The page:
China to match US tariffs on US$16b of imports from Aug 23

VIDEO: REUTERS
A worker covering bags of chemicals with a sheet at a port in Zhangjiagang in China's eastern Jiangsu province, on Aug 7. 2018. Chemicals are on the Chinese list of goods that will incur a 25 per cent duty.
A worker covering bags of chemicals with a sheet at a port in Zhangjiagang in China's eastern Jiangsu province, on Aug 7. 2018. Chemicals are on the Chinese list of goods that will incur a 25 per cent duty.PHOTO: AFP

BEIJING (BLOOMBERG) - China confirmed that it will impose 25 per cent tariffs on an additional US$16 billion (S$21.8 billion) worth of imports from the US from Aug 23, matching an earlier move from Washington in another ratchet higher for the trade war between the two nations.

The US decision to levy 25 per cent tariffs on the same value of Chinese goods is “very unreasonable,” and China will have to retaliate to protect its rightful interests and the multilateral trading system, China’s Ministry of Commerce said in a statement.

The tit-for-tat protectionist measures are poised to surge even higher, with the US reviewing 10 per cent duties on a further US$200 billion in Chinese imports that it may even raise to 25 per cent after a comment period ends on Sept 6. 

Should the US proceed with those tariffs, China’s ready to slap duties on an additional US$60 billion of American goods.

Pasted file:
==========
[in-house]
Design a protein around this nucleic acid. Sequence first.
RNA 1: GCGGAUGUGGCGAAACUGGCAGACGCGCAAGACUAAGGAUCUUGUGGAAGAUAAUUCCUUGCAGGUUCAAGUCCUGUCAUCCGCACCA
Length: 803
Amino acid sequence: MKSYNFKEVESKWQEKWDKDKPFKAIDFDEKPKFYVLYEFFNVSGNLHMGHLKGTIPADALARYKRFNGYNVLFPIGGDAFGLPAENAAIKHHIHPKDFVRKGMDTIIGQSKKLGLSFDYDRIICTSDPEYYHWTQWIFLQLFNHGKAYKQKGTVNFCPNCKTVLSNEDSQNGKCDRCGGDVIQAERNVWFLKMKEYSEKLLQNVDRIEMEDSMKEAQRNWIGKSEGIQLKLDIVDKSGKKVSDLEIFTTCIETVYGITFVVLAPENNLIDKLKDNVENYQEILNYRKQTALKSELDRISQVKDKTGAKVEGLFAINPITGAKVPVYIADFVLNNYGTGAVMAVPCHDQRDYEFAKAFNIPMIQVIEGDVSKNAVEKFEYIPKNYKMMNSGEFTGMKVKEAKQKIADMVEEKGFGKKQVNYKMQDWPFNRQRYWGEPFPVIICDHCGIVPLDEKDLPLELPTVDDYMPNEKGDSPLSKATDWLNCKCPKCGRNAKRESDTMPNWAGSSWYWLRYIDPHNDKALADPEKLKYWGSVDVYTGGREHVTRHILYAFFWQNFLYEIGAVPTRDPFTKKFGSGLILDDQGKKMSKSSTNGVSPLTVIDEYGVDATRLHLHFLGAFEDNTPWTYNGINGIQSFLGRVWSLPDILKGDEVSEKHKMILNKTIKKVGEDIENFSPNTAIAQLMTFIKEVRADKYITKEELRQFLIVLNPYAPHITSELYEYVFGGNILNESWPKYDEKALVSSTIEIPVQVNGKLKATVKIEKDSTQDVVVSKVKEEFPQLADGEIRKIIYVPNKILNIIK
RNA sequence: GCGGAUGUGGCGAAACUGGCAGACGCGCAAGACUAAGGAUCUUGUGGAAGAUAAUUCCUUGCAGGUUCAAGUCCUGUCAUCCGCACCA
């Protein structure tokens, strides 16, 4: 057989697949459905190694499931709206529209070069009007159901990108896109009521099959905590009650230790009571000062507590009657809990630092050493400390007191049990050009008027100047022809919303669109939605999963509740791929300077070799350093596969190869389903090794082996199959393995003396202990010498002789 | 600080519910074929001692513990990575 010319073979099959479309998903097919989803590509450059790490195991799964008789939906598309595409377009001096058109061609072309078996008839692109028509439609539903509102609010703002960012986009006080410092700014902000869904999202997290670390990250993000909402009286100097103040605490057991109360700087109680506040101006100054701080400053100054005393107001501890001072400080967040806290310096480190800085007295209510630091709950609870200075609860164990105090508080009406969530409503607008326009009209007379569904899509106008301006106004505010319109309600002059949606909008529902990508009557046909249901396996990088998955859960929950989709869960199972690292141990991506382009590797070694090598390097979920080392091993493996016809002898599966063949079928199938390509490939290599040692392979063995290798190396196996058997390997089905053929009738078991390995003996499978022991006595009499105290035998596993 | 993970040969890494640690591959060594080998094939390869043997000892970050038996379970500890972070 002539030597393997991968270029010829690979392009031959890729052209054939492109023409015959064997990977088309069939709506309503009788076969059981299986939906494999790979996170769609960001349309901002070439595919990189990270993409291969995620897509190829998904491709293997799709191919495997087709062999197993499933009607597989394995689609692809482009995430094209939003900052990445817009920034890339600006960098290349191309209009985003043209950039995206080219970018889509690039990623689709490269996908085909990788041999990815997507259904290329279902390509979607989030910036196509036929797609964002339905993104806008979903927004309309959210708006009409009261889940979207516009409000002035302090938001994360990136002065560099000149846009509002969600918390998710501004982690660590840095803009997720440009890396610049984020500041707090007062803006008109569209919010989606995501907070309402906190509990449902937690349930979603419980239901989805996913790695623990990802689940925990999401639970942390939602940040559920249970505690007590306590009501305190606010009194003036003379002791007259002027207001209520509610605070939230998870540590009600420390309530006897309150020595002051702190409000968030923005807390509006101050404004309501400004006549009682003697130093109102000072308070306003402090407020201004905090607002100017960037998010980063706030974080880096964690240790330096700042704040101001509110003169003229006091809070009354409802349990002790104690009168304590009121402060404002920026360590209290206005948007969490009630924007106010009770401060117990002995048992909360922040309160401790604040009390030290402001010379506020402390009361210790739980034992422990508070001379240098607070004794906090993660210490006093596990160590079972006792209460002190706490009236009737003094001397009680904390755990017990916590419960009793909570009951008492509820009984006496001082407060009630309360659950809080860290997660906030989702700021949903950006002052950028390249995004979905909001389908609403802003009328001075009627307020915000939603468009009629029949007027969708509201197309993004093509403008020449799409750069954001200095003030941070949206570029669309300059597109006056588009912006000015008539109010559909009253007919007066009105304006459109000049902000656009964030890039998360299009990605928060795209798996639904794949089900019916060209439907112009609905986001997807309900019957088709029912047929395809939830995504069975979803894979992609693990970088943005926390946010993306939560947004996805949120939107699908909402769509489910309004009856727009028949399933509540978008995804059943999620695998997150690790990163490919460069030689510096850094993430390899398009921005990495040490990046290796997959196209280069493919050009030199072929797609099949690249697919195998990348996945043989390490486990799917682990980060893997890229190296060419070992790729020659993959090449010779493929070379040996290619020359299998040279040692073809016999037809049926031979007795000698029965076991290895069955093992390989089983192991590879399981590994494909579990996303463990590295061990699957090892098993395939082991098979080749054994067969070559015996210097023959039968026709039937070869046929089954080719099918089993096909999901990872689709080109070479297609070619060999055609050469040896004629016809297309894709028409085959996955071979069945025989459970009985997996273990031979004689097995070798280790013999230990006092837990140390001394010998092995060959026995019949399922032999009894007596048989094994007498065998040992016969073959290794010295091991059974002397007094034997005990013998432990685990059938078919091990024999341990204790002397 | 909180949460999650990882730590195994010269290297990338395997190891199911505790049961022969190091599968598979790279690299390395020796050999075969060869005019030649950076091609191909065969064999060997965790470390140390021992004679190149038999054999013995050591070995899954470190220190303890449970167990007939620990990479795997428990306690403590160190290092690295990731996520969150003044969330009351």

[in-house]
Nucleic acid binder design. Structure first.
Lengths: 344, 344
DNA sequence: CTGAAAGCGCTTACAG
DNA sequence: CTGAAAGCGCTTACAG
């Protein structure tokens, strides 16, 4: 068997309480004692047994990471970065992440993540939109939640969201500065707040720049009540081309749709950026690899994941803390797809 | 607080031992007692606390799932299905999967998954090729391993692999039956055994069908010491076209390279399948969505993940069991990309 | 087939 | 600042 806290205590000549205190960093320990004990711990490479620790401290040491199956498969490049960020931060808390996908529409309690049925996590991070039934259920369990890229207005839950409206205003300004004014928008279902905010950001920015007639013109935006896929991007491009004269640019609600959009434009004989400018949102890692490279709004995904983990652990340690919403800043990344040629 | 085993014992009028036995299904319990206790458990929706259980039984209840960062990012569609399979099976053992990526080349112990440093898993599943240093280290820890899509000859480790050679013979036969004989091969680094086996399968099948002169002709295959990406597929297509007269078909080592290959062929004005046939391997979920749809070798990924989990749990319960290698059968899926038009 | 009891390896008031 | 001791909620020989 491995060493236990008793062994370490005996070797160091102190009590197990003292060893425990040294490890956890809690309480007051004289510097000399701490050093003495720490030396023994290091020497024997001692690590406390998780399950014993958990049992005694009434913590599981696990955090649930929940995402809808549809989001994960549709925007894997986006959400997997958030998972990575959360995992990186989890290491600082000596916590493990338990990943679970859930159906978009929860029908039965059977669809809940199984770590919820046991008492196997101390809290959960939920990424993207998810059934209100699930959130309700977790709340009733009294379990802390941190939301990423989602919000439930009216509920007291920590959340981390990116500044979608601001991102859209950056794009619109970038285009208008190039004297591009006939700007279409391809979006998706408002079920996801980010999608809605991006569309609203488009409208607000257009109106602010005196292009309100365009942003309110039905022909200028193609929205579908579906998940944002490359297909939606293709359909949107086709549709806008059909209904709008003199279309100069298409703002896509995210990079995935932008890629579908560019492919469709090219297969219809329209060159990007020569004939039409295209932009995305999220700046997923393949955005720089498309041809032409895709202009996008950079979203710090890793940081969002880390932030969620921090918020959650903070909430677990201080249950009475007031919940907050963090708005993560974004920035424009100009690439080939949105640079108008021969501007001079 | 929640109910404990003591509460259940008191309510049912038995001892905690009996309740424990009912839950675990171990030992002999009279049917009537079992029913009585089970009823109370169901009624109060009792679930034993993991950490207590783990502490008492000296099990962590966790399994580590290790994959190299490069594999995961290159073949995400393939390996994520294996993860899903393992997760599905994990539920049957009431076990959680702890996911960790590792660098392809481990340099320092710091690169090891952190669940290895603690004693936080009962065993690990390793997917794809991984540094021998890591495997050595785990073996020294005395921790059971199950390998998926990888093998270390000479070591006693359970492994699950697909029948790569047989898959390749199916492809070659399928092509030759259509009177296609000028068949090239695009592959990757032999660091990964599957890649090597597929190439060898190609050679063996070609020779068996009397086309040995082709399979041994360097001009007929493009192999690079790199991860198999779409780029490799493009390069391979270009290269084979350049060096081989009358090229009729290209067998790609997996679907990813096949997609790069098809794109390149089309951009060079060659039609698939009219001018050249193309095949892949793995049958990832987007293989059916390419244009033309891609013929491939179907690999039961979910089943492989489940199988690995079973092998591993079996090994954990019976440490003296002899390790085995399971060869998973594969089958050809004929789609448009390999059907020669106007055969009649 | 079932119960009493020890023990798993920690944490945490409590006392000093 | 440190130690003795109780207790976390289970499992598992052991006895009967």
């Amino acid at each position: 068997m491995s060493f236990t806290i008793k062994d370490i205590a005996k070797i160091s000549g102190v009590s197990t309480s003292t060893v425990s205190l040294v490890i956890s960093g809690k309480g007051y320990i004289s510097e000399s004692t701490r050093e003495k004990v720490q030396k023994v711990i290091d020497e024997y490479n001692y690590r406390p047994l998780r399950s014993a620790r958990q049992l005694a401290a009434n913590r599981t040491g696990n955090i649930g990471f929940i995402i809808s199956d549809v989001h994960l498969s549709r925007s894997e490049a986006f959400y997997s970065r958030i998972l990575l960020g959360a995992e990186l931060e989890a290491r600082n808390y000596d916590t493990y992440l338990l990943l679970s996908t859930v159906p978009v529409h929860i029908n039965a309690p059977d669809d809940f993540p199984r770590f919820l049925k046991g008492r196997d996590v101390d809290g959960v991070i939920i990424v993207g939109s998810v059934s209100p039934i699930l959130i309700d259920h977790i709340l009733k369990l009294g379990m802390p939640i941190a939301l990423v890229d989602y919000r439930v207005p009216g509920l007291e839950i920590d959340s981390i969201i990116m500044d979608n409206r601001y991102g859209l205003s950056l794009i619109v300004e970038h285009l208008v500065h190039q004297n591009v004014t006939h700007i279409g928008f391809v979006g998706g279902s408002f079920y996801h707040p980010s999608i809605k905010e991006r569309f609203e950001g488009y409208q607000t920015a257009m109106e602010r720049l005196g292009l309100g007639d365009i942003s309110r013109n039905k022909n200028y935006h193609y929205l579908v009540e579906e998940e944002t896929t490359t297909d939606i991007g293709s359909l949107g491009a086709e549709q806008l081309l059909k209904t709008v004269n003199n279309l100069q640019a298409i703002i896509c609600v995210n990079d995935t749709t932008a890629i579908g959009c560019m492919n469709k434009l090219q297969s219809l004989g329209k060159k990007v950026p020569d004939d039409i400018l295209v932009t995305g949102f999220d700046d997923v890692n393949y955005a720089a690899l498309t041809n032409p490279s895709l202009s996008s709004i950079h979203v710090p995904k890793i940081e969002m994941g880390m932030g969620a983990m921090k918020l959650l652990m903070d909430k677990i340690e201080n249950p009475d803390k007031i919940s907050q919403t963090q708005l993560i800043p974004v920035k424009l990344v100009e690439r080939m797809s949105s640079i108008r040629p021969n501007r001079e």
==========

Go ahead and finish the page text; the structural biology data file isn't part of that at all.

“We’re not yet past the point of no return but we’re edging closer to it,” said Wang Tao, head of China economic research at UBS AG in Hong Kong. 

“The risk is that the US administration’s gamble to strong-arm China into giving into all US demands without some compromise only leads to successive rounds of higher and higher tariffs.”

President Donald Trump has suggested he may tax effectively all imports of Chinese goods, which reached more than US$500 billion last year. 

Reserve Bank of Australia Governor Philip Lowe on Wednesday warned that escalation of the dispute could be “very damaging for the world economy.” 

China’s exports grew faster than expected in July, while imports surged, showing both domestic and international demand continue for now to shrug off the uncertainty of the trade conflict with the US. 

The world’s largest exporter, China is still benefiting from robust global demand even as increasing tensions and rising trade barriers with the US weigh on the outlook.

The revised Chinese list released today added hundreds of new items to be hit with tariffs, and now covers items as diverse as coal, medical instruments, waste products, cars and buses. 

The tariffs will come into effect simultaneously with the US ones, at 12.01pm in Beijing, according to the statements.

The US announced earlier this week that its own tariffs on US$16 billion of Chinese goods would start on Aug.23.

US Customs will begin collecting duties on 279 product lines ranging from motorcycles to steam turbines and railway cars, the US Trade Representative’s Office said in an emailed statement on Tuesday.

The US had already levied 25 per cent duties on US$34 billion in Chinese goods on July 6, prompting swift in-kind retaliation from Beijing. 

At the weekend, Trump said he had the upper hand in the trade war, while Beijing responded through state media by saying it was ready to endure the economic fallout.

A US-China trade war will reduce global output by 0.7 per cent by 2020, with China’s economy taking a 1.3 per cent hit and US GDP dropping 1 per cent, Oxford Economics said in a research note on Tuesday, before the new list was released. 

While there’s no major risk of the world lapsing into “damaging stagflation,” the possibility remains of a “bigger blow-up” that sharply reduces trade, as in the 1930s, it said.